This report about the cross-border sewage crisis came out last week. It’s an easy, valuable read for those interested in the issue. Cory Briggs, the author, and the San Diego Foundation, its commissioner, did a good job.
The paper helps solidify the growing consensus that the proposal for the Bajagua treatment plant will do something to clean sewage coming across the border from Mexico — but it won’t do anything close to comprehensively solving the problem by itself.
The problem, of course, is the massive plume of sewage that flows out from the Tijuana River, particularly after rain falls in the region. The dangerous bacteria from the untreated sewage flows north forcing beaches in San Diego to close.
The Bajagua project would treat sewage that Tijuana manages to collect but it would do little to clean the waste from several hundred thousand poor Mexicans who live without basic plumbing.
As I wrote in my piece several weeks ago, the Bajagua project may have some merit but its supporters have engendered skepticism with their unsubstantiated claims that it will completely clean up the beaches in San Diego county that regularly close because of the pollution. And yes, supporters have claimed that often and regularly.
The message now punctuated by the recent report is simple: Support Bajagua if you want a project that will clean some sewage, but stop saying it will take care of the problem for good. Doing that only justifies worry among those who fret that once this project is completed, all the will to clean up the sewage disaster will evaporate.
This latest report says Bajagua might achieve “a small part of the goal” of making the coastal waters off Imperial Beach cleaner.
In my piece, I noted that the Bajagua boosters have gradually whittled down their rhetoric on the project. Bajagua used to be a “comprehensive” solution to the problem. Now it’s not. U.S. Rep. Bob Filner told Congress years ago, when he was seeking approval for the plan, that after Bajagua is built “all the hazardous and unhealthy sewage that now flows into our ocean without proper treatment will be cleaned. And much of it reused so that it never gets into the ocean.”
Now he says “85 percent” of it would be cleaned.
And, finally, the Union-Tribune‘s editorial page is starting to adapt as well.
On Jan. 22, 2002, the U-T editorial page wrote a piece asking the San Diego City Council to endorse the Bajagua project:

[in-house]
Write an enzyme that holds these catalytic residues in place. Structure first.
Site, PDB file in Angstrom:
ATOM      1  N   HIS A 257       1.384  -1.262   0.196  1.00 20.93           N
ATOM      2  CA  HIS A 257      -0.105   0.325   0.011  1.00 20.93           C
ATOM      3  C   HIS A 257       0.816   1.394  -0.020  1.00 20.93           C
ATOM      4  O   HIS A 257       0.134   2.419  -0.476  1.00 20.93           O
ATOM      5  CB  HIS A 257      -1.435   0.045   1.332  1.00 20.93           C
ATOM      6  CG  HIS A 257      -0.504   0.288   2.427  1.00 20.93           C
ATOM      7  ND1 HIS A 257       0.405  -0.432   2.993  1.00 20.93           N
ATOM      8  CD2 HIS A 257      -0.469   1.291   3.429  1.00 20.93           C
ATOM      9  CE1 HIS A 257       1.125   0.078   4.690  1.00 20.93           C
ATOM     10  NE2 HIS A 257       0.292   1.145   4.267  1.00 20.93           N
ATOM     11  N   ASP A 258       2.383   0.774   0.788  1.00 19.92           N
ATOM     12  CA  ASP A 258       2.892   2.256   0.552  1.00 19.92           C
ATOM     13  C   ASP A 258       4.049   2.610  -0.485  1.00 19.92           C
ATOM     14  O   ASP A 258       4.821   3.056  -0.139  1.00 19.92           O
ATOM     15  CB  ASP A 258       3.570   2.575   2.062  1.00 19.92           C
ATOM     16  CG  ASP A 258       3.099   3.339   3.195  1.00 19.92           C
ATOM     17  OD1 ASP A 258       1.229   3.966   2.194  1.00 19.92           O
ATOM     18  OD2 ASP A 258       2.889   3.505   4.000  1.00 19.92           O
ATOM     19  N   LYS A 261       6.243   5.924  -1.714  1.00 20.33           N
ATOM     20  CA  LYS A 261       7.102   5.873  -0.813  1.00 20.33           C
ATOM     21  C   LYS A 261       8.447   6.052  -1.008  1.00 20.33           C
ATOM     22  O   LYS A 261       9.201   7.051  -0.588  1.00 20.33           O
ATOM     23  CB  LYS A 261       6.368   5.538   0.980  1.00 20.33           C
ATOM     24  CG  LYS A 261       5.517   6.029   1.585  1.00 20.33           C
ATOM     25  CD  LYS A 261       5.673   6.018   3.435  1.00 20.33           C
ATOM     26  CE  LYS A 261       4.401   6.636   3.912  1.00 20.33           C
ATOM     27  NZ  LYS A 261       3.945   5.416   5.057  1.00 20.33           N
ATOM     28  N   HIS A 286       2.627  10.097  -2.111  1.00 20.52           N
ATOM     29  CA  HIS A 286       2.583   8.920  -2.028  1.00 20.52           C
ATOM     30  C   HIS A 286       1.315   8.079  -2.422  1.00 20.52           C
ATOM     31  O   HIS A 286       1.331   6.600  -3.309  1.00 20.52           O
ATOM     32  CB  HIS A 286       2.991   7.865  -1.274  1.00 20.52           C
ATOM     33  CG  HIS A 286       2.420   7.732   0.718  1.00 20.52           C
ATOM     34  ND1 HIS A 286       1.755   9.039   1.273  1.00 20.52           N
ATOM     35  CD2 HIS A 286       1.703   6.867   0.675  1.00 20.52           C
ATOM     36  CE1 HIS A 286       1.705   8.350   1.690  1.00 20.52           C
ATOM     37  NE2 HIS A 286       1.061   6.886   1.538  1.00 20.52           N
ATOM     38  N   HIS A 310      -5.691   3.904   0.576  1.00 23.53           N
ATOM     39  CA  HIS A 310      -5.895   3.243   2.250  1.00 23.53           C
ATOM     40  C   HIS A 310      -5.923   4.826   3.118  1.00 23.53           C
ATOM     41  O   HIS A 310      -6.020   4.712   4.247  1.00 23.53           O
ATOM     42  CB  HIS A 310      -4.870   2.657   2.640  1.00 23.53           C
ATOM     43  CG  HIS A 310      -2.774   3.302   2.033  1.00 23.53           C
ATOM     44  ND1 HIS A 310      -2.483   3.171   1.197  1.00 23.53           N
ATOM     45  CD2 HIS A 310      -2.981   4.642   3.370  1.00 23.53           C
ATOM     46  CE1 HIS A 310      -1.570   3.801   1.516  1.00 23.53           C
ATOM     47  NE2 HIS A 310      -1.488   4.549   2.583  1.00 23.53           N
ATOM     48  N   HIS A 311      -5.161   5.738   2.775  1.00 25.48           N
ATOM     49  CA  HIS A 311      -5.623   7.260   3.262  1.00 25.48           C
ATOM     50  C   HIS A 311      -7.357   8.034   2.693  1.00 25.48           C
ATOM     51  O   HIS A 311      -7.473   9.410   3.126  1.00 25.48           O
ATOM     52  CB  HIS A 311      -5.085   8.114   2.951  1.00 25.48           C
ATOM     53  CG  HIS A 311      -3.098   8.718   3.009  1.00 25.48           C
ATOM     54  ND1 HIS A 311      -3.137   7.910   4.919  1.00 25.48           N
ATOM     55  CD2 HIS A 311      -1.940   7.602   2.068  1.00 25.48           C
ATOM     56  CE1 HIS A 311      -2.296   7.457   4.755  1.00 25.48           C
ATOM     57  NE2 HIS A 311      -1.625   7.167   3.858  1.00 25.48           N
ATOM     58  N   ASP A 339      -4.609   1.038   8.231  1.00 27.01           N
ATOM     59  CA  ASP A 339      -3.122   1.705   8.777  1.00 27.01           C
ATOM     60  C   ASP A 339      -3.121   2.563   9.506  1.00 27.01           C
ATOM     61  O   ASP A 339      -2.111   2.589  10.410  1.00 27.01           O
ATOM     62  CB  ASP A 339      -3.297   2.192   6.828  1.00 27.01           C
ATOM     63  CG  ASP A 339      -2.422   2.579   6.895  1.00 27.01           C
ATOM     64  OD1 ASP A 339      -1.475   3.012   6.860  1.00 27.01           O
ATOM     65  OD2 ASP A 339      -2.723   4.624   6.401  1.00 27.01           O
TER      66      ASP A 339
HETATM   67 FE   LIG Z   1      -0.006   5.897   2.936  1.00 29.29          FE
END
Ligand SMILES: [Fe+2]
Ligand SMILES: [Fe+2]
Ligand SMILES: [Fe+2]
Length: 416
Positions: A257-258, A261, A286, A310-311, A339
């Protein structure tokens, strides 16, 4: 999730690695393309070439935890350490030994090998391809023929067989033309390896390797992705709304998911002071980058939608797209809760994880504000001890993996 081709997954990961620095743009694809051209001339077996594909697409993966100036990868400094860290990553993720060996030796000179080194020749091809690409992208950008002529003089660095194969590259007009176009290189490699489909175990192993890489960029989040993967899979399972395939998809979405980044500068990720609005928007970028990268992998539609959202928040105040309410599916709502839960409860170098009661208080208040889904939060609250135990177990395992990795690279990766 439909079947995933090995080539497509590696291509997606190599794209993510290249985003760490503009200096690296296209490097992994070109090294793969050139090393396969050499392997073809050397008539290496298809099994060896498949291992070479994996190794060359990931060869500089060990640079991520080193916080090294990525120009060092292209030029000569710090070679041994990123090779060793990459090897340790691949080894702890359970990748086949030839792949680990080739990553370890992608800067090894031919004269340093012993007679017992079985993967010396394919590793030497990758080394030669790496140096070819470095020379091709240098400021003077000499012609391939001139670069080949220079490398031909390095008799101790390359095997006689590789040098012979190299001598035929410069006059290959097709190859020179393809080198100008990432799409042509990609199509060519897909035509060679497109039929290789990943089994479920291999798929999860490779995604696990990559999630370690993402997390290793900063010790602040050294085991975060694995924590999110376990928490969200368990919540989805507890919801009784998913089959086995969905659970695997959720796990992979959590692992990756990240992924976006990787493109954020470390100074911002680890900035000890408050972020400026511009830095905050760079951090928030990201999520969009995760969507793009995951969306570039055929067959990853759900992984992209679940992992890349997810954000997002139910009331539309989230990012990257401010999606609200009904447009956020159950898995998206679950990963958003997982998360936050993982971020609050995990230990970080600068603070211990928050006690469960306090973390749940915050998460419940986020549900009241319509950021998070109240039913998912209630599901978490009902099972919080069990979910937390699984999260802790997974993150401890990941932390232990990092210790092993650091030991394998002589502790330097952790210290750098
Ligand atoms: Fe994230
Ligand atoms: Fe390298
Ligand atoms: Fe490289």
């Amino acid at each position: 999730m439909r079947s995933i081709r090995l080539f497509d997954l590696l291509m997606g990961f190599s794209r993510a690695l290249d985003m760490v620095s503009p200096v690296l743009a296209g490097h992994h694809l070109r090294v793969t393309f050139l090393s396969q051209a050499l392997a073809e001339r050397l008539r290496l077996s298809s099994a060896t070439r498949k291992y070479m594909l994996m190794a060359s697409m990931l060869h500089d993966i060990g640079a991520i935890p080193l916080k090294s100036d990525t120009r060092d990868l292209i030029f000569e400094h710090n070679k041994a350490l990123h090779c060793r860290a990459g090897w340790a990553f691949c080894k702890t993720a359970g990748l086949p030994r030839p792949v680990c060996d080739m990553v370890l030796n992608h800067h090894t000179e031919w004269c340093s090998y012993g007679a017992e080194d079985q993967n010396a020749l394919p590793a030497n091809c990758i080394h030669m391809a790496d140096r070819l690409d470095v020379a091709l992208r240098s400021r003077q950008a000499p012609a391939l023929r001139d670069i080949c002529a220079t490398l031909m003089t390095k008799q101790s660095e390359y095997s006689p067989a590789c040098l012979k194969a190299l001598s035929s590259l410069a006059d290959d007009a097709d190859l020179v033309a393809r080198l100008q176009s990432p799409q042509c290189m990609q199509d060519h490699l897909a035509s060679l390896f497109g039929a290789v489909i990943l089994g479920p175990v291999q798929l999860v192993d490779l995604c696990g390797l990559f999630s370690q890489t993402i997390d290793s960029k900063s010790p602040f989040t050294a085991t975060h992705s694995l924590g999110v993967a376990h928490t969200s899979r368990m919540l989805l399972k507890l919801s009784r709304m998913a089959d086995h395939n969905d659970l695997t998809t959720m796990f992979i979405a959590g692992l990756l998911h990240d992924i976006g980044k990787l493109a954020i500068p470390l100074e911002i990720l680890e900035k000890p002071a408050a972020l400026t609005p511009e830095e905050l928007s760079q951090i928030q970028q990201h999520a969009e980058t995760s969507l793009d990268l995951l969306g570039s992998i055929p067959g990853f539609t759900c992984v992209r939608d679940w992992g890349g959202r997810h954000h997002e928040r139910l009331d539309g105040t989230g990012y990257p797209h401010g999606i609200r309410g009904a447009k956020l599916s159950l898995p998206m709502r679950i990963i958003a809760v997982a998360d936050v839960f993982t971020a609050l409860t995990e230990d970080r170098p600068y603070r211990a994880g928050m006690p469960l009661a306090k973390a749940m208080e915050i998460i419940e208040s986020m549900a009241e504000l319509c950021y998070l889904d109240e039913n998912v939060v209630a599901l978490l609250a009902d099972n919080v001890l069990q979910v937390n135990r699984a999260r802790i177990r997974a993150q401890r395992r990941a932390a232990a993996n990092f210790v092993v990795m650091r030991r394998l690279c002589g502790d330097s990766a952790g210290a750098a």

Although you don’t hear about it very often, raw sewage flowing from Tijuana into the United States continues to be a serious problem. Today, the San Diego City Council has an opportunity to affirm the best solution to stop, once and for all, Tijuana sewage from plaguing our side of the border.
Once and for all, Bajagua would fix everything.
Now, five years later, what does the editorial board think?
I was surprised in February to read this in a U-T editorial about Bajagua:
The plan wouldn’t nearly solve all of Tijuana’s pollution problem, but it represented important progress.
So what happened to “once and for all”?
I thought maybe they just momentarily came back to Earth. But it happened again — this time in Sunday’s editorial (emphasis added):
Continued opposition to the Bajagua project on this side of the border is surprising. This initiative is the first crucial step in ending the flow of raw sewage from Tijuana into San Diego waters. It is a crucial first step in meeting Mexico’s dire need for usable, reclaimed water …
We are witnessing the great Bajagua retreat. The construction, if it ever gets off the ground, may do something, yes, but it won’t solve the border sewage crisis. Soon, the project formerly known as the greatest thing that could ever happen to the local environment will simply be known for what it is: a plan to build a sewage treatment plant in Mexico subsidized by U.S. taxpayers.
Supporters of Bajagua — especially Marco Gonzalez from the Surfrider Foundation — promise that after Bajagua’s built, they’ll fight just as hard to implement the “next steps” needed to solve the crisis.
But the U-T and San Diego’s congressional delegation have been fawning over Bajagua for years, exaggerating its potential benefits. We’ll have to consistently remind them that the rhetoric has been officially dialed down. And they’ll have to be prepared to make good on the contention that Bajagua is indeed the “first crucial step in ending the flow of raw sewage from Tijuana into San Diego waters.”
After all, we wouldn’t want readers and constituents to be surprised, several years and hundreds of millions of dollars later, wondering why the “once-and-for-all” solution was only just the start.